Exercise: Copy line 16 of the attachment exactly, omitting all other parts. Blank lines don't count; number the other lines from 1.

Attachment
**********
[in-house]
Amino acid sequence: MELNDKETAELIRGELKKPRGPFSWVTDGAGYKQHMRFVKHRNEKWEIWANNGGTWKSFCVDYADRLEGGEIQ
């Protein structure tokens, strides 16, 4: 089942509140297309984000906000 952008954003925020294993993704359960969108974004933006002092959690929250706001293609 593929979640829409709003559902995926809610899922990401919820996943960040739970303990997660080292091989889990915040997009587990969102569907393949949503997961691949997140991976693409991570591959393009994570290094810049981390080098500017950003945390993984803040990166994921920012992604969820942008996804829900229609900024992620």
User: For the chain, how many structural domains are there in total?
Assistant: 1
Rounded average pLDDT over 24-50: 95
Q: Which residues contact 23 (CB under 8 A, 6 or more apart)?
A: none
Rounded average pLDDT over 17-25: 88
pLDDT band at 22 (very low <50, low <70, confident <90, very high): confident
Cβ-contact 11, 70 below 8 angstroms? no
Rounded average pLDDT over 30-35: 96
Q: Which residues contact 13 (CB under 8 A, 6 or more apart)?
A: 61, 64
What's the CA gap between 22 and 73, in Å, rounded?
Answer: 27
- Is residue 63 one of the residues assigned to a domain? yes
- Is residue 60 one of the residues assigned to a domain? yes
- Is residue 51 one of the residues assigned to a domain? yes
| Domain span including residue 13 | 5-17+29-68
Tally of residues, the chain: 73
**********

Answer: 27